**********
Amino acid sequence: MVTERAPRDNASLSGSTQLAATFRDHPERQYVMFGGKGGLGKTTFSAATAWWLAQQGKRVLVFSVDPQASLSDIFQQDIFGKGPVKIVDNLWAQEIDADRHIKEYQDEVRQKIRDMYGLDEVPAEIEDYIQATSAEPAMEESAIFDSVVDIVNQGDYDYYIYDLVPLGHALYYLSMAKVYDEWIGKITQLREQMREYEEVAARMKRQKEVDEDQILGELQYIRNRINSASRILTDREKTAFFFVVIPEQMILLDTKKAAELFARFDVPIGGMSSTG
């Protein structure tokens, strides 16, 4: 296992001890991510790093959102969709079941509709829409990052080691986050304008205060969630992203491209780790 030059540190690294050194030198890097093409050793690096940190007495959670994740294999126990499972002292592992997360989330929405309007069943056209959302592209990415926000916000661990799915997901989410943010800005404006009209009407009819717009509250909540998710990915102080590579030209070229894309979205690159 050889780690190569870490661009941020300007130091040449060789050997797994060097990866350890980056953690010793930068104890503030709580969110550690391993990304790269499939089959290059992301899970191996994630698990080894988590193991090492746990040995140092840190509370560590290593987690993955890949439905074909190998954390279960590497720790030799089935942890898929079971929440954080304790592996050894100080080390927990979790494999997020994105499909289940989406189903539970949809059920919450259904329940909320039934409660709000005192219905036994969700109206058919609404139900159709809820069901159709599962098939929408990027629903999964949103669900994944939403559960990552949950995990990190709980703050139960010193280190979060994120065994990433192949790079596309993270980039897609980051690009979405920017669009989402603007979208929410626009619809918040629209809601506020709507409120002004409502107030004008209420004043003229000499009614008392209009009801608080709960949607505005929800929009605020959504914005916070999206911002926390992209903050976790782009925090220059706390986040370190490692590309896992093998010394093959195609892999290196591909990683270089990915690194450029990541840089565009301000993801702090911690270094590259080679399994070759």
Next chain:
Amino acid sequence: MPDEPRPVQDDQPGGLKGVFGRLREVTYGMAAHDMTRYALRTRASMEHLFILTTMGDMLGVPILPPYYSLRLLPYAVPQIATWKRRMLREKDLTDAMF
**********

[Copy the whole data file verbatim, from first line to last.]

Amino acid sequence: MVTERAPRDNASLSGSTQLAATFRDHPERQYVMFGGKGGLGKTTFSAATAWWLAQQGKRVLVFSVDPQASLSDIFQQDIFGKGPVKIVDNLWAQEIDADRHIKEYQDEVRQKIRDMYGLDEVPAEIEDYIQATSAEPAMEESAIFDSVVDIVNQGDYDYYIYDLVPLGHALYYLSMAKVYDEWIGKITQLREQMREYEEVAARMKRQKEVDEDQILGELQYIRNRINSASRILTDREKTAFFFVVIPEQMILLDTKKAAELFARFDVPIGGMSSTG
């Protein structure tokens, strides 16, 4: 296992001890991510790093959102969709079941509709829409990052080691986050304008205060969630992203491209780790 030059540190690294050194030198890097093409050793690096940190007495959670994740294999126990499972002292592992997360989330929405309007069943056209959302592209990415926000916000661990799915997901989410943010800005404006009209009407009819717009509250909540998710990915102080590579030209070229894309979205690159 050889780690190569870490661009941020300007130091040449060789050997797994060097990866350890980056953690010793930068104890503030709580969110550690391993990304790269499939089959290059992301899970191996994630698990080894988590193991090492746990040995140092840190509370560590290593987690993955890949439905074909190998954390279960590497720790030799089935942890898929079971929440954080304790592996050894100080080390927990979790494999997020994105499909289940989406189903539970949809059920919450259904329940909320039934409660709000005192219905036994969700109206058919609404139900159709809820069901159709599962098939929408990027629903999964949103669900994944939403559960990552949950995990990190709980703050139960010193280190979060994120065994990433192949790079596309993270980039897609980051690009979405920017669009989402603007979208929410626009619809918040629209809601506020709507409120002004409502107030004008209420004043003229000499009614008392209009009801608080709960949607505005929800929009605020959504914005916070999206911002926390992209903050976790782009925090220059706390986040370190490692590309896992093998010394093959195609892999290196591909990683270089990915690194450029990541840089565009301000993801702090911690270094590259080679399994070759």
Next chain:
Amino acid sequence: MPDEPRPVQDDQPGGLKGVFGRLREVTYGMAAHDMTRYALRTRASMEHLFILTTMGDMLGVPILPPYYSLRLLPYAVPQIATWKRRMLREKDLTDAMF